The end of the year is fast approaching-- we’re past spring break, the weather’s warming up, finals are looming nearer and nearer, and anticipation is in the air. This time of year always prompts some reflecting for me, both on previous months and on what the summer will hold. This year, a new commonality between these arose: the essential role of Oberlin’s Office of Disability and Access (otherwise known as ODA) in helping me navigate both.
As soon as I committed to Oberlin, I worked with my high school guidance counselor to send over all of my documentation to the disability office. Having accommodations was crucial for my ability to succeed in high school, so we wanted to make sure I would have that support going into college as well. I hadn’t heard much about how these things work in college, so I was a little wary of ODA at first. In previous years, I had a fair amount of less than ideal experiences with high school resources (or a lack thereof) and accessibility.
Once my counselor sent in the documents, I was contacted by ODA. I had an initial meeting with them over Zoom to be registered as a student with disability accommodations, go over the accommodations I needed, and how to use them. This initial meeting is required for anyone applying for accommodations. I know this step may be a little intimidating for some (it was for me at first) but the meeting is really relaxed. I was very pleasantly surprised by how kind and helpful they were.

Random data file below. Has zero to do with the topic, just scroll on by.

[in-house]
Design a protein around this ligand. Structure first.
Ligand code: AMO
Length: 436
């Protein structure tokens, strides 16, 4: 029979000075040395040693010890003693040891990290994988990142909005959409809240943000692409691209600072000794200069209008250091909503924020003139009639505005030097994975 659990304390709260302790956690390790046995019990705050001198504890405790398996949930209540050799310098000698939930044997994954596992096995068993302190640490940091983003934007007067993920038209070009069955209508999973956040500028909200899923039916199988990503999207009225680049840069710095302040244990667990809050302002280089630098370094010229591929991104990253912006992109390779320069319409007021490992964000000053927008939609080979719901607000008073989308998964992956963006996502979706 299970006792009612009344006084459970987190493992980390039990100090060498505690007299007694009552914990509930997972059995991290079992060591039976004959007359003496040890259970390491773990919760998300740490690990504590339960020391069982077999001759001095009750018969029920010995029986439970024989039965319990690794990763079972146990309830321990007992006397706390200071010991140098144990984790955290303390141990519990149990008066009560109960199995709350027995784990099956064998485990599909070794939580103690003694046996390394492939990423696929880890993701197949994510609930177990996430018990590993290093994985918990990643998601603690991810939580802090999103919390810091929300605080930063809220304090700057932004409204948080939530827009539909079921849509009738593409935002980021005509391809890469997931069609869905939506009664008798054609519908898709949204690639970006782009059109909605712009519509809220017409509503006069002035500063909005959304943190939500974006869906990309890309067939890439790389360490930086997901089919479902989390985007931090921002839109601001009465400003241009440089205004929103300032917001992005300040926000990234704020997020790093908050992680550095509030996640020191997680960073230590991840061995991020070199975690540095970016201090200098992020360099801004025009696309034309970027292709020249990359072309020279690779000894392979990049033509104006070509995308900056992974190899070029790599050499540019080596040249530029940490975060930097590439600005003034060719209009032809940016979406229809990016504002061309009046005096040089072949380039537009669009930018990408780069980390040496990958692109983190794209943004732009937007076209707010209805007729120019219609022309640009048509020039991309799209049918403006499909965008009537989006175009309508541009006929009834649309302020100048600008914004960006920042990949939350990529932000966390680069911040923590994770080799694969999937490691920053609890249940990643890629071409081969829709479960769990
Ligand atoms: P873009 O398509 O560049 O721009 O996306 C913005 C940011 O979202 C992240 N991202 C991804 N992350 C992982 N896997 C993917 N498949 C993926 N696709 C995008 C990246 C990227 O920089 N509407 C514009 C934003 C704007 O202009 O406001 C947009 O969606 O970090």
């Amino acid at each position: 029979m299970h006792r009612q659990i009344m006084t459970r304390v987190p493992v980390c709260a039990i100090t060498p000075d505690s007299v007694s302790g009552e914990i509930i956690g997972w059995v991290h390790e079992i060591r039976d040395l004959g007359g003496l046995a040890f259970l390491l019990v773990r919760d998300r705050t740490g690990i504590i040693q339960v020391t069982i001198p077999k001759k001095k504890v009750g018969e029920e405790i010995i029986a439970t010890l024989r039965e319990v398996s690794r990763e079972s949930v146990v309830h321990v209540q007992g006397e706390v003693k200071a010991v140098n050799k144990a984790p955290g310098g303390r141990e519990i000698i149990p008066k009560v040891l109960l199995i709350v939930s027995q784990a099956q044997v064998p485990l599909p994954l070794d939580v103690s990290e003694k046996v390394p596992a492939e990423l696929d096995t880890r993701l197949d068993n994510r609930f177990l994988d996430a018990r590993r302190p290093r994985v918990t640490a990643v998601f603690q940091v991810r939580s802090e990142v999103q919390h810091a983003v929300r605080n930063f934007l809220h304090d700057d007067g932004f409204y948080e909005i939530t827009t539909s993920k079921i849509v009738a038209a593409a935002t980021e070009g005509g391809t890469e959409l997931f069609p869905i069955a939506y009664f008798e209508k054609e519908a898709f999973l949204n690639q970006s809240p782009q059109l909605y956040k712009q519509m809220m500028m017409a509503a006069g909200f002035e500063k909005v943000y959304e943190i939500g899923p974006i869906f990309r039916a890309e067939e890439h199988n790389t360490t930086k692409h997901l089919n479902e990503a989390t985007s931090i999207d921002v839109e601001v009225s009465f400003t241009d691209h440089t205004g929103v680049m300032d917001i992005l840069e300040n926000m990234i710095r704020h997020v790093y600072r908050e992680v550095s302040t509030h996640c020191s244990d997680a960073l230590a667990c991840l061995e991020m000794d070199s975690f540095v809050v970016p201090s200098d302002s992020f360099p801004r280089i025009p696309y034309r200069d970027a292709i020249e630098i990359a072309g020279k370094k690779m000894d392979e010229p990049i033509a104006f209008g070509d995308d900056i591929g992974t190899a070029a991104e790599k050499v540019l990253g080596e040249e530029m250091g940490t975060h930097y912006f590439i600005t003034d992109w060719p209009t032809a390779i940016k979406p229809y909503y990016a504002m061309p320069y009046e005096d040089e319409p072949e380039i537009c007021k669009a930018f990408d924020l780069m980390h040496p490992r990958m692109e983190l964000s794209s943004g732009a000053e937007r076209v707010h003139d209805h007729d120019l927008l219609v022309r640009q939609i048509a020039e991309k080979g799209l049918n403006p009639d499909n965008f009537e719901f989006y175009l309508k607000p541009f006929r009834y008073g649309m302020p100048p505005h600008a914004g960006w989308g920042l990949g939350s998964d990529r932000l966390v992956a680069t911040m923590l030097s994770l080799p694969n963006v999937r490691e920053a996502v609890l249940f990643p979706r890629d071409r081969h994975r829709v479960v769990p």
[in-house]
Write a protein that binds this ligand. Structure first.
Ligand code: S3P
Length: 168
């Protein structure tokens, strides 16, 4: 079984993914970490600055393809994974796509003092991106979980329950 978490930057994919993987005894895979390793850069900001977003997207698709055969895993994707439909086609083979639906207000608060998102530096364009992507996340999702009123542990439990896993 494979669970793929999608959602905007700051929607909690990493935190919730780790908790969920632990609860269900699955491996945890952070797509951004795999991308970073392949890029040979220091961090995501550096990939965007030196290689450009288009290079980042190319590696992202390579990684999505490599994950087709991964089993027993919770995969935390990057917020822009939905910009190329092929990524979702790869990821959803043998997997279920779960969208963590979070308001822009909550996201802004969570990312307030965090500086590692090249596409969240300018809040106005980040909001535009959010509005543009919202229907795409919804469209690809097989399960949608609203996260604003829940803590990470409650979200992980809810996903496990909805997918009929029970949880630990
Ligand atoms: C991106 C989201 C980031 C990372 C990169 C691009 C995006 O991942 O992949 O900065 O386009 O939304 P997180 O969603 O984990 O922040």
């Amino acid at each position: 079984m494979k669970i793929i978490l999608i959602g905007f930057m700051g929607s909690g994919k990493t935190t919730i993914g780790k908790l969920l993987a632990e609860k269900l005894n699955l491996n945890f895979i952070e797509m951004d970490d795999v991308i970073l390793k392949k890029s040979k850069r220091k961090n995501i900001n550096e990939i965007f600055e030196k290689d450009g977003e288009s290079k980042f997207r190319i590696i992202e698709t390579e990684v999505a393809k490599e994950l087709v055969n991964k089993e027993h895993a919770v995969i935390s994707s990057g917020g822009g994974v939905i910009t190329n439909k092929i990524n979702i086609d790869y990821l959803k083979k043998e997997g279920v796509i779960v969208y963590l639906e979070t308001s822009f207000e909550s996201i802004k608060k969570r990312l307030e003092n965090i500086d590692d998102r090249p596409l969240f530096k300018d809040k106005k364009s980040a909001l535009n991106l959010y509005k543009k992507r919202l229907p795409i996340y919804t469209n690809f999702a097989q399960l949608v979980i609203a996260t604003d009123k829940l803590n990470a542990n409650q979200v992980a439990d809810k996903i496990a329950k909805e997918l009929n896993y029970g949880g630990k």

When I got to campus and classes started, ODA checked in again to help notify my professors of my accommodations. You can choose what classes you want to request them for, and the instructors don’t get any disability information aside from what you’re asking them to do. This is nice, because it’s set up very mindfully in regards to allowing you to keep your information private.
As the year’s gone on, and I’ve adjusted to life here, I’ve had some more interactions with ODA-- including one I’ve already written about here. I recently ended up applying for a single room, because I’ve learned through experience that rooming with strangers doesn’t interact too well with my anxiety. ODA was amazing and made it a very smooth process.
More recently, they’ve been helping me out with accommodations for the summer. I was offered an internship that included housing at another university, where they had a preference for no emotional support animals for short-term summer guests. This was a bit of a problem for me, because as exciting as the opportunity was, I knew I couldn’t do it without my ESA. Upon receiving the offer, I left class in a hurry and practically ran to Mudd Library, where I burst into the ODA office and explained the predicament. The staff was incredibly supportive, and jumped into action immediately. They took over in advocating for me and made sure I got the accommodation I needed. I truly can’t say enough how much they helped-- if not for them, I wouldn’t have known what to do at all, and I couldn’t have taken the internship. Not only did they go above and beyond to get the accommodation approved through the other university’s housing, they even looked into alternative housing options as back-ups, and made sure the whole situation wasn’t too stressful for me.
All this to say, ODA has been completely vital to me so far. Through my experiences with them, I’ve learned they’re an amazing resource that I can really trust and rely on. I strongly encourage everyone to take advantage of this campus resource if it’s relevant to you.
Leave a Comment